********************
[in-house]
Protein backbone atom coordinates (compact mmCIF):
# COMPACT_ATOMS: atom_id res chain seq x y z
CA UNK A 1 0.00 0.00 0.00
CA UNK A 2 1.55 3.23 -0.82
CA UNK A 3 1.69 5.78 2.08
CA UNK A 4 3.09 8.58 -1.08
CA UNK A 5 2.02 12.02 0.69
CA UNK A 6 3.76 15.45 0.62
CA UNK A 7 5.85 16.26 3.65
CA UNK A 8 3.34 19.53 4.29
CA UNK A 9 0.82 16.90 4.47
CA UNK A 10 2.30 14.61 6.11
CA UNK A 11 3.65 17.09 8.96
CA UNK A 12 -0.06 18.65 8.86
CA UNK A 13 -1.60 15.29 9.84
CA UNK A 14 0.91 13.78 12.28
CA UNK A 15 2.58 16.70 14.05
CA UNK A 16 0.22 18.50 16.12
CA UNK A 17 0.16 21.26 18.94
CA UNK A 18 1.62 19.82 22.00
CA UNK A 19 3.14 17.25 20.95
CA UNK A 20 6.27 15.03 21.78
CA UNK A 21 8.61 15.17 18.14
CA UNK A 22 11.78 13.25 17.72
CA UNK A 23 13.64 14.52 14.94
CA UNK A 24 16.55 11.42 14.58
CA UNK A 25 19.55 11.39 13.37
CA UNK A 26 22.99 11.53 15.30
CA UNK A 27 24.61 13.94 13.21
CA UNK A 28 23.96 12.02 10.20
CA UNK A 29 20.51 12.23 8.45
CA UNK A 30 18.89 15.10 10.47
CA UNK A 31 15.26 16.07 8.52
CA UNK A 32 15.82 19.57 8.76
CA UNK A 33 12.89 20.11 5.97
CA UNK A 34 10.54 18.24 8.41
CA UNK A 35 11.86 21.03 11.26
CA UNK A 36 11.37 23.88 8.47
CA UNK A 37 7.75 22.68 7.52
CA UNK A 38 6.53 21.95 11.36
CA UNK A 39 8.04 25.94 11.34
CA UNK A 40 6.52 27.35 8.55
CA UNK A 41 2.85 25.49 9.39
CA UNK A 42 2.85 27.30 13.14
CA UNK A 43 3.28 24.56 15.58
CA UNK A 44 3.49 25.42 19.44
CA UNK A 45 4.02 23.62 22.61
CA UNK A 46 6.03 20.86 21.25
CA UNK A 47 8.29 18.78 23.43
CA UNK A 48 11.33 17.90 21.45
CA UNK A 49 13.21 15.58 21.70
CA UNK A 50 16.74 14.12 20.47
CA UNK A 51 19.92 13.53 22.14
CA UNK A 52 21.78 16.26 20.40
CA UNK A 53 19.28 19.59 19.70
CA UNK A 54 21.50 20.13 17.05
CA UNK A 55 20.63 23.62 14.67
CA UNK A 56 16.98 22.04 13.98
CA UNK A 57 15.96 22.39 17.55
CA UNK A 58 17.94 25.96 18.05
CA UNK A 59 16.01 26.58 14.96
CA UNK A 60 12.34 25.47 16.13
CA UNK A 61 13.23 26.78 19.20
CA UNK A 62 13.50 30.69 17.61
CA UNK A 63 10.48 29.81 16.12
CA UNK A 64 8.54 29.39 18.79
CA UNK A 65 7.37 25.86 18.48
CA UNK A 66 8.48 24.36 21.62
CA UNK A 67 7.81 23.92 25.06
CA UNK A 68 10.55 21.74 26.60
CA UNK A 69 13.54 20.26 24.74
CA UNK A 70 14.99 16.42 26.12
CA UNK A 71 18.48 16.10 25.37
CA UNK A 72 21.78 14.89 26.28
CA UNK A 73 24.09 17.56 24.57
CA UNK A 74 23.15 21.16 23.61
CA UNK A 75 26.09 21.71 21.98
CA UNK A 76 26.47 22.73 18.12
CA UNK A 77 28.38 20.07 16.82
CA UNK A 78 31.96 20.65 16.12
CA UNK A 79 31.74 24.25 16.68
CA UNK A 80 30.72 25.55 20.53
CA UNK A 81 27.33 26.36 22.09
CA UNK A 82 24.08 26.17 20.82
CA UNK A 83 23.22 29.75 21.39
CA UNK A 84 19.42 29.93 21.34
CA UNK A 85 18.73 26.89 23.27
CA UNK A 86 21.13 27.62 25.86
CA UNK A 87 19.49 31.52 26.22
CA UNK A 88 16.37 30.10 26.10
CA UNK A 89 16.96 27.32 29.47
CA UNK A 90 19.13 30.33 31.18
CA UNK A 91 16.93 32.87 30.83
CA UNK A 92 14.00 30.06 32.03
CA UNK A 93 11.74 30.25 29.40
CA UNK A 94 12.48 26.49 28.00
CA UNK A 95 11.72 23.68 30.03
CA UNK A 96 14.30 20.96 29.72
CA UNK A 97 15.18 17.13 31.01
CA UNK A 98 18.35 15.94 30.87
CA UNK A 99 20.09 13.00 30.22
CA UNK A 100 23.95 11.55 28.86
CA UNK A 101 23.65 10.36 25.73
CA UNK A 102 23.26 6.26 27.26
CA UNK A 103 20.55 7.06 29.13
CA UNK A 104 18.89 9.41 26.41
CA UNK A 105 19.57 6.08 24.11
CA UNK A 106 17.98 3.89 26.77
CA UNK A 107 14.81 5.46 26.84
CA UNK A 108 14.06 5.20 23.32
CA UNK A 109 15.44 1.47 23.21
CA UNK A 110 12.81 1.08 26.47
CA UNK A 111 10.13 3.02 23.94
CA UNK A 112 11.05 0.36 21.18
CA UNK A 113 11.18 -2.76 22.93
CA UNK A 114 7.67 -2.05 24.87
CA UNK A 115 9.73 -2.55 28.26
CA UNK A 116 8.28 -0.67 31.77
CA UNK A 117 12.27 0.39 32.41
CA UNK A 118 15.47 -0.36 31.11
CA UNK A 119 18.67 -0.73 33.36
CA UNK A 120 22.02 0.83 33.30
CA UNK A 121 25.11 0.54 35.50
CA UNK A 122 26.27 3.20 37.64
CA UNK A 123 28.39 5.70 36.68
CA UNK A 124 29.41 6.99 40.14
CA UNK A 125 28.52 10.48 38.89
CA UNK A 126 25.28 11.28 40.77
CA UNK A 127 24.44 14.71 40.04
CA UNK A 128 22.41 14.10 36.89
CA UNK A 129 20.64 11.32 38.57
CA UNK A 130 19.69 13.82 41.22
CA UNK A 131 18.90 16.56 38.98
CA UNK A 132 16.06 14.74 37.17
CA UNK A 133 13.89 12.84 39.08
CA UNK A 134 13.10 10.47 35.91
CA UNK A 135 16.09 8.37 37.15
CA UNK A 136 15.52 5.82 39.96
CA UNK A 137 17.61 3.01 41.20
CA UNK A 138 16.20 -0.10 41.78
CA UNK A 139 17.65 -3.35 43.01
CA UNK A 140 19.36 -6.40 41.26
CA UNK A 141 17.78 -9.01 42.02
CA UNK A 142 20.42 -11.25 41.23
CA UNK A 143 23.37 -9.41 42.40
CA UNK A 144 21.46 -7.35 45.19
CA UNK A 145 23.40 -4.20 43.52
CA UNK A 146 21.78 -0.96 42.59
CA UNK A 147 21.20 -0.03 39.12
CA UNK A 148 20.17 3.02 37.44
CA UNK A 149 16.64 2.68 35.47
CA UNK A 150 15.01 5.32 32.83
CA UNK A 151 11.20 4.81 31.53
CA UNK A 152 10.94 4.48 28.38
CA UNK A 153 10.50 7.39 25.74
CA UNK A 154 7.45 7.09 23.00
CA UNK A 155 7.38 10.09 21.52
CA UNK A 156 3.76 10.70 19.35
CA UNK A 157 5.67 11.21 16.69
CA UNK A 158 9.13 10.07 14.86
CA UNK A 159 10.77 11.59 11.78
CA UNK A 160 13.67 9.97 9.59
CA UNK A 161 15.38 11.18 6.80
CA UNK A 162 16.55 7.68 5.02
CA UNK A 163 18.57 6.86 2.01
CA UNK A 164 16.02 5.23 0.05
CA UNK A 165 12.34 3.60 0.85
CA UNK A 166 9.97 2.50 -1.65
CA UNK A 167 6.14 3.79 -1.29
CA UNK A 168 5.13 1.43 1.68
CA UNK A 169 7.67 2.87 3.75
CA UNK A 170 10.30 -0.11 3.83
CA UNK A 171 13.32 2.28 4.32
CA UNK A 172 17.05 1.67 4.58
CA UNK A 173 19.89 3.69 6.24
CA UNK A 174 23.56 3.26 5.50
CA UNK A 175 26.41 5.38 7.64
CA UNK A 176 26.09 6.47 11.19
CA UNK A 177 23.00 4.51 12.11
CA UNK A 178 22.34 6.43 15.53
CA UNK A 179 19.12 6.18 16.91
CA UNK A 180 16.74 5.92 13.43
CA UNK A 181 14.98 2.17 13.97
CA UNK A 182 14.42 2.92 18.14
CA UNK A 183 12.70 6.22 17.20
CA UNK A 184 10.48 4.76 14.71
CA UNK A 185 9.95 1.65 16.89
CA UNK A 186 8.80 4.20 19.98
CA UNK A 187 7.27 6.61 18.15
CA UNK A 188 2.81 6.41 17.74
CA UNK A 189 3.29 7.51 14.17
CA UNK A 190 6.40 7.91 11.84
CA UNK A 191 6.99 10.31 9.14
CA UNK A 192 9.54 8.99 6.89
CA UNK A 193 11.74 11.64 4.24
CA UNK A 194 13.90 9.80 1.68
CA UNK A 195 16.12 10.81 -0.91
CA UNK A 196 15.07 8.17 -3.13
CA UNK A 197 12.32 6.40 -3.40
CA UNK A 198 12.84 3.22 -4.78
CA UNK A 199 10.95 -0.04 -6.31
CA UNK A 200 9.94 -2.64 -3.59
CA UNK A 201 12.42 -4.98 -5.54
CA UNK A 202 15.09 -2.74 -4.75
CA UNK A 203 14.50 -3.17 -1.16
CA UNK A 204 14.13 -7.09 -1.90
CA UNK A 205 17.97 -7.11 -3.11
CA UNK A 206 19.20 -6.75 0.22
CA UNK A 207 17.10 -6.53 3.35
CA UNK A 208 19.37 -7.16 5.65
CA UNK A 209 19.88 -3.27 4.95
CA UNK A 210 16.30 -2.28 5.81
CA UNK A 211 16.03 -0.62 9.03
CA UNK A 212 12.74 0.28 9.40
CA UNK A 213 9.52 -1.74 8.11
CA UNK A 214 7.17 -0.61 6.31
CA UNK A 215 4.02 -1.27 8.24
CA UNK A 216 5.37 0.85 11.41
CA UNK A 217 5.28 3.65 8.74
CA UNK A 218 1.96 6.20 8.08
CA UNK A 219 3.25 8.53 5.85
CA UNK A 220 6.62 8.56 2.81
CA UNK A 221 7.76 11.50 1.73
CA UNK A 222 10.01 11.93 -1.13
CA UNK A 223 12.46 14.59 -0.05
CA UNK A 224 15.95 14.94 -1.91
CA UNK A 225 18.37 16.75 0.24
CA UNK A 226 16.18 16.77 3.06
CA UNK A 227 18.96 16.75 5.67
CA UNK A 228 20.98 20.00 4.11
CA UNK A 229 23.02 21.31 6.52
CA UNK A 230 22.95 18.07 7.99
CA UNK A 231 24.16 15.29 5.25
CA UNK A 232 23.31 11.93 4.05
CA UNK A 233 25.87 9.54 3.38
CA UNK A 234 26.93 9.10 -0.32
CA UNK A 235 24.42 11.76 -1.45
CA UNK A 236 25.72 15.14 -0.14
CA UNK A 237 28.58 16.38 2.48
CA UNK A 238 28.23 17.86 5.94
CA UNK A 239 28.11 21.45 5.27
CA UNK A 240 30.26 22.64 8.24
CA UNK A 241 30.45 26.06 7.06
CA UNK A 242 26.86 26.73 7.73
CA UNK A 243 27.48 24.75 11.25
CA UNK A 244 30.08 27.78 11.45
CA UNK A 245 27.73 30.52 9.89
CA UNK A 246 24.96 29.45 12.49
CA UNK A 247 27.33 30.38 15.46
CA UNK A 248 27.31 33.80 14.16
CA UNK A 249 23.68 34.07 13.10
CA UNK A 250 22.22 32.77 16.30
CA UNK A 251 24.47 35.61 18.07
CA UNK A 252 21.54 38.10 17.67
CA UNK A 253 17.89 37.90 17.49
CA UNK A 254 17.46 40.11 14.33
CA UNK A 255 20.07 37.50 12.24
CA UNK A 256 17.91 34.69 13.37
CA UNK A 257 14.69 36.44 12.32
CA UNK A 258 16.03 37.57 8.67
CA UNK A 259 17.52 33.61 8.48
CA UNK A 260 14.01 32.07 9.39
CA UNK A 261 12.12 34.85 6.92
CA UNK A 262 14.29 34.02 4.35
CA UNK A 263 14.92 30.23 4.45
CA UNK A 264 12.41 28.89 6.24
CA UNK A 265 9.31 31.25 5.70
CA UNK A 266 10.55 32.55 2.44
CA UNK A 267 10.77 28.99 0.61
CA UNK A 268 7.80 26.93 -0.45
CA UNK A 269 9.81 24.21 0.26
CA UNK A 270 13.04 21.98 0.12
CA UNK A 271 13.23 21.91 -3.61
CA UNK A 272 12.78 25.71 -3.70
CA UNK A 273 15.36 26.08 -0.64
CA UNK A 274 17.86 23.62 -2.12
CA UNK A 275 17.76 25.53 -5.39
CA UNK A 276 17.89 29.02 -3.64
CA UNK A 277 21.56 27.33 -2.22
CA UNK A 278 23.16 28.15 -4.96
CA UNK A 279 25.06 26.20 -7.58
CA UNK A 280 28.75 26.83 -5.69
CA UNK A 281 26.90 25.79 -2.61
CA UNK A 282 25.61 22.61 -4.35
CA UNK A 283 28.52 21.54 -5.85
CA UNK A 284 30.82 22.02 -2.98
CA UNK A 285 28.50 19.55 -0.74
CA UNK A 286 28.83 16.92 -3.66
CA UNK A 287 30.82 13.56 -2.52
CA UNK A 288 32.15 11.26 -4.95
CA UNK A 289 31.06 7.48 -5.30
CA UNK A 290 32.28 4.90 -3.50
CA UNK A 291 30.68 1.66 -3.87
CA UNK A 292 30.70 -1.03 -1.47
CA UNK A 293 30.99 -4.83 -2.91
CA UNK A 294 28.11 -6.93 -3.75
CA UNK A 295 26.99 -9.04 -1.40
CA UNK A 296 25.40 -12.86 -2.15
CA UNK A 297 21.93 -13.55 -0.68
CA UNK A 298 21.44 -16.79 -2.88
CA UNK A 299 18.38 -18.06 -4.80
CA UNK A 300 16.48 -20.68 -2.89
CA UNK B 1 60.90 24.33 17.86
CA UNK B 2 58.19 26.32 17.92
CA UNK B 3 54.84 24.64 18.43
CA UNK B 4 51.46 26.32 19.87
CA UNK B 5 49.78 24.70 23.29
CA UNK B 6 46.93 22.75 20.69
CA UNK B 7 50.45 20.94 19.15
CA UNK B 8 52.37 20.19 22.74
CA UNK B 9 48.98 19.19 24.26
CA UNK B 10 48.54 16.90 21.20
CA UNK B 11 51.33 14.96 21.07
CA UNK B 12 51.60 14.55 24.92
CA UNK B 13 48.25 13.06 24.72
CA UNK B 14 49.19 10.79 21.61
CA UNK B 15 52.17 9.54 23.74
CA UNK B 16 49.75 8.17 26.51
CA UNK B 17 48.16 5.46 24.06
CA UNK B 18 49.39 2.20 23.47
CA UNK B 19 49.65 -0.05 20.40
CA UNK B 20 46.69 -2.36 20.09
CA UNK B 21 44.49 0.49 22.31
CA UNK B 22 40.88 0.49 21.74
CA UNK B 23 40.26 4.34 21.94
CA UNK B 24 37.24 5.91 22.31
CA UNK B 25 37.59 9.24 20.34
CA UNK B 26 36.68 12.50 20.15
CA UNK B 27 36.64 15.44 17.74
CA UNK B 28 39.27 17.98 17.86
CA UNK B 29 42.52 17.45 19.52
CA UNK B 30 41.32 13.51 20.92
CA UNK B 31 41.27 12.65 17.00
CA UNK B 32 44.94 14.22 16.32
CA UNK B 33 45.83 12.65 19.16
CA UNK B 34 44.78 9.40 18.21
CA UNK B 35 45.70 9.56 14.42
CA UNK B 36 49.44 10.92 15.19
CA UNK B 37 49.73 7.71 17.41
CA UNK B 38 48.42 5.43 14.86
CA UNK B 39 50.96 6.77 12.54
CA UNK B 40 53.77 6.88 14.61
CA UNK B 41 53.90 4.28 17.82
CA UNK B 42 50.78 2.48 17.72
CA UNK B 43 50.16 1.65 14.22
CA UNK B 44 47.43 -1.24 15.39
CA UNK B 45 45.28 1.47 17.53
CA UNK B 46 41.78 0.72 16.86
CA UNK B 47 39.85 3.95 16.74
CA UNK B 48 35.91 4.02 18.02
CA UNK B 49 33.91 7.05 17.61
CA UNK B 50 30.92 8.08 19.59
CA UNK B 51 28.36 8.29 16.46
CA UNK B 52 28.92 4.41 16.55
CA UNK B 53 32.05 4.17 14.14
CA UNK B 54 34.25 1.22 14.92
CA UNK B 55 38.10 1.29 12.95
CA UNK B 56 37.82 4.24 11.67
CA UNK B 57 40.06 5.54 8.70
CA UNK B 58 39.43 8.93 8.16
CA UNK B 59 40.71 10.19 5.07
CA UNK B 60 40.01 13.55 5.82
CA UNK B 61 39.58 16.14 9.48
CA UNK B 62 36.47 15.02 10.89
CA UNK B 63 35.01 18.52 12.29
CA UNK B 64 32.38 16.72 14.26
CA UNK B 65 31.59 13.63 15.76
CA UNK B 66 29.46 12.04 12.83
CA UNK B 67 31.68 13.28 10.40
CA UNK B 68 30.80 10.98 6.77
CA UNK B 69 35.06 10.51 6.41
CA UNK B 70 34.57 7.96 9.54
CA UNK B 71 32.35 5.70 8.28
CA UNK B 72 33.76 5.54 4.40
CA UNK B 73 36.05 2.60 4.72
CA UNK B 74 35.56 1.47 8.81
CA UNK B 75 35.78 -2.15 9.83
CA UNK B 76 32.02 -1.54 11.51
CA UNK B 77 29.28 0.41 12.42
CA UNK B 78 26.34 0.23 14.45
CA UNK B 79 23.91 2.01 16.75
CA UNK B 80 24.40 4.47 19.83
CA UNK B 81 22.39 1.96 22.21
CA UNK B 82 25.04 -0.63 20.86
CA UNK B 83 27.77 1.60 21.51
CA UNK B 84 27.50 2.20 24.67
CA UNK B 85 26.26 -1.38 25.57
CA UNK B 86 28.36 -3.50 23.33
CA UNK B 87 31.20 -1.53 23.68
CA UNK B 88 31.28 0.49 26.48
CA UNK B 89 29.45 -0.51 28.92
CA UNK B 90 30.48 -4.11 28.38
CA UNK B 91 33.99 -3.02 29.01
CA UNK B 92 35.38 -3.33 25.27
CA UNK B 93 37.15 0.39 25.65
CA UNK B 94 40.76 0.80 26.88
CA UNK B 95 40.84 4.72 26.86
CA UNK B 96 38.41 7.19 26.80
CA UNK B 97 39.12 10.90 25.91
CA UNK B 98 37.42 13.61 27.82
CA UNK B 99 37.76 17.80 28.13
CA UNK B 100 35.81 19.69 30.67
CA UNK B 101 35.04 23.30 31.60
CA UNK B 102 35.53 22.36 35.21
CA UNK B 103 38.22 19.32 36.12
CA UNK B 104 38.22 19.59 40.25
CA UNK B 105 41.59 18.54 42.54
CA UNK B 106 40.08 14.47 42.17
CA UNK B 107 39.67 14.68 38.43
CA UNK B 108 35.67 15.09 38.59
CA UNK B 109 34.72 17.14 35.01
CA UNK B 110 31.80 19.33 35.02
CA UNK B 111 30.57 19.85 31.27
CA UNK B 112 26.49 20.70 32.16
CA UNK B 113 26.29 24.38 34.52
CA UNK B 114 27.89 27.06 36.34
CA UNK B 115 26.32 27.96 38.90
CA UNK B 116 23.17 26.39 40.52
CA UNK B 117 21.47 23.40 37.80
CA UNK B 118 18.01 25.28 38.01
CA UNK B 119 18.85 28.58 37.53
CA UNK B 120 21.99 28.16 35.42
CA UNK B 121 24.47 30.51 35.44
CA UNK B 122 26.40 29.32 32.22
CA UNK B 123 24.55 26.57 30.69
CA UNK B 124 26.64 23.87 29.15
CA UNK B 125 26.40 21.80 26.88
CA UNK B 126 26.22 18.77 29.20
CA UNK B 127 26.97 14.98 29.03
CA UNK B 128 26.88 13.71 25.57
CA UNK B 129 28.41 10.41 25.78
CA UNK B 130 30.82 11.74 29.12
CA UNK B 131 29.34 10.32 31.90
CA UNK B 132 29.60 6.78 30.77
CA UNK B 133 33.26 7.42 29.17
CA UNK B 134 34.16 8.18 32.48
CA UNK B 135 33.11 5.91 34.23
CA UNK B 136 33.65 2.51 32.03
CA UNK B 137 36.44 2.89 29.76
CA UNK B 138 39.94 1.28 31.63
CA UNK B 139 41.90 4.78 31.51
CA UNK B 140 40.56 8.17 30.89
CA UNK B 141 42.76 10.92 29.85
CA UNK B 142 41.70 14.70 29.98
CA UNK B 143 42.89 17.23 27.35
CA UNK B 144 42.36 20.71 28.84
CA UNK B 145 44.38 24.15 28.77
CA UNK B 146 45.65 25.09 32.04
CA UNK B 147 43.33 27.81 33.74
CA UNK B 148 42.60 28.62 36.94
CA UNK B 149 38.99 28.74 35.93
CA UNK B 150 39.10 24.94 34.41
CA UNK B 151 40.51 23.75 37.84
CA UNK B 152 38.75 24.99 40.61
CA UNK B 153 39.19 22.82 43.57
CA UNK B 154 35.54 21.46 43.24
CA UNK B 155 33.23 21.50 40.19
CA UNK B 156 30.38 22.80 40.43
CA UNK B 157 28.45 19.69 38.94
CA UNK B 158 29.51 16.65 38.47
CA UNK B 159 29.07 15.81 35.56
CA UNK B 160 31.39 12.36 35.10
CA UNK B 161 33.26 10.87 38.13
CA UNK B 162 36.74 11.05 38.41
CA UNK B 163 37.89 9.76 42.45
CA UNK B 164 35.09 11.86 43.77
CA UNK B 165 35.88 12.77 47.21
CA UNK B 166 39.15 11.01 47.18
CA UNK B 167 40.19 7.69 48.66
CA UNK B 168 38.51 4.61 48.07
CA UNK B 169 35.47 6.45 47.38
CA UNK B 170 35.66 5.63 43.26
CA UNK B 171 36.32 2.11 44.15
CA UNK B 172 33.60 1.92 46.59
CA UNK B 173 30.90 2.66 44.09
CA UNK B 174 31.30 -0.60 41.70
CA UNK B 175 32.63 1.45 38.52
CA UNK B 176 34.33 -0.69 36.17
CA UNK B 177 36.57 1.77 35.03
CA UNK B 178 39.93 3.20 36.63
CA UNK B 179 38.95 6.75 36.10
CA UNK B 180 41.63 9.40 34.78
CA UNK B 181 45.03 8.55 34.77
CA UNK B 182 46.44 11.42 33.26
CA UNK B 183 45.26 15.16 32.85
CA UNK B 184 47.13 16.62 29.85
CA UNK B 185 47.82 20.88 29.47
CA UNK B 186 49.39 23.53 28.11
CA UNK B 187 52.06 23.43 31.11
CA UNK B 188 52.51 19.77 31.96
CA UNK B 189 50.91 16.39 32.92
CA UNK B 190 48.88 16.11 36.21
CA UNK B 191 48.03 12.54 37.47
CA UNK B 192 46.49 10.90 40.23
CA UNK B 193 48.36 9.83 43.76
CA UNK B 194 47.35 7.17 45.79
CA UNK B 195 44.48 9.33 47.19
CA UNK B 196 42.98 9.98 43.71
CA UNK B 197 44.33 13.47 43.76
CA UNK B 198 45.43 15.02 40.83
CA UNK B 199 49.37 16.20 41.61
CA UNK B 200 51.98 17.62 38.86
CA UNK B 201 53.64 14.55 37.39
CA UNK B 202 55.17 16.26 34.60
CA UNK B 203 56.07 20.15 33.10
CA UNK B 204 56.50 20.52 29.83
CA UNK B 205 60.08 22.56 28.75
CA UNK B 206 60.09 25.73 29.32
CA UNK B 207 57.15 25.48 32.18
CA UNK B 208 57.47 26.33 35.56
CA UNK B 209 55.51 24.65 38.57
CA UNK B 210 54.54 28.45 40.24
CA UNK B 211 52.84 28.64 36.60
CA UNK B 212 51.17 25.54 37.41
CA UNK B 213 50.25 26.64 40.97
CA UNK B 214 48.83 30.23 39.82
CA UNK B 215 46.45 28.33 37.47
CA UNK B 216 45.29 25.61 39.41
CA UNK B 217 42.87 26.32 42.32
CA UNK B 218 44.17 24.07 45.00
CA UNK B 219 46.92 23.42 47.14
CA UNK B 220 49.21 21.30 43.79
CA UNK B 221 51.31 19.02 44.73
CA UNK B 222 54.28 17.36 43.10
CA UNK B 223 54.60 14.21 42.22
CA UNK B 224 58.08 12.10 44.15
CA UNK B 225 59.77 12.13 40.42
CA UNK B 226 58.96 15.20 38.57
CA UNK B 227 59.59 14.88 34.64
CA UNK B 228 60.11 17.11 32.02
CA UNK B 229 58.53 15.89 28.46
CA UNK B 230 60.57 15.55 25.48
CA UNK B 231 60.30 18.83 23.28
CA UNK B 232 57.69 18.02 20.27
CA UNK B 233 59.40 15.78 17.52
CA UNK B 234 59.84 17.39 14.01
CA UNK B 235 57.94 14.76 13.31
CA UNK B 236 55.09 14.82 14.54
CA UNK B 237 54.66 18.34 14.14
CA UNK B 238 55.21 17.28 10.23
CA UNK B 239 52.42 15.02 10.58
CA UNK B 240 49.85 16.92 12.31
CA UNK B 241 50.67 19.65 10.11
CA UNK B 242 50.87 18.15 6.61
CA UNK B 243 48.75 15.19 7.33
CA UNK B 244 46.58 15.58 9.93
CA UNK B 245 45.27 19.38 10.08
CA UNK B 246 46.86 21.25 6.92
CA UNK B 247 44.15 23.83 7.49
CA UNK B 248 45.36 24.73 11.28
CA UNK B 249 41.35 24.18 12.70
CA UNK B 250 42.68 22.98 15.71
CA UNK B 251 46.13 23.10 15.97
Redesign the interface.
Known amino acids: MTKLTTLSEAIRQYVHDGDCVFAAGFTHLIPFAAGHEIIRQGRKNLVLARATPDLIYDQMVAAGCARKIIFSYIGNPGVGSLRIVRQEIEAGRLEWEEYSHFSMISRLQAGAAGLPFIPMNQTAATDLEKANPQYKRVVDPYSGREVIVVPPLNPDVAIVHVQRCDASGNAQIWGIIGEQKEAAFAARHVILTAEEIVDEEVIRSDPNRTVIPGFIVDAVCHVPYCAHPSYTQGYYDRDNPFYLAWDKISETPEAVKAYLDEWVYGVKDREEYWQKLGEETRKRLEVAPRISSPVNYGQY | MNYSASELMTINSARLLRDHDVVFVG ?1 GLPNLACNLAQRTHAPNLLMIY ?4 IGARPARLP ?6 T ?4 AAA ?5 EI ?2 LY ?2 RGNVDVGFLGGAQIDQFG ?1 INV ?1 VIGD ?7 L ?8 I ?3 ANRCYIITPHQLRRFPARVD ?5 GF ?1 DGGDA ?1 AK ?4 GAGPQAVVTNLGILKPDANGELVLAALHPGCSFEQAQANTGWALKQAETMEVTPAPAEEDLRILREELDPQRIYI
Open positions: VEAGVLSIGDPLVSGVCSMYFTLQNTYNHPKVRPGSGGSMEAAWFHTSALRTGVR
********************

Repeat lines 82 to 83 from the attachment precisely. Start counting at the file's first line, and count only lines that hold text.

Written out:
CA UNK A 79 31.74 24.25 16.68
CA UNK A 80 30.72 25.55 20.53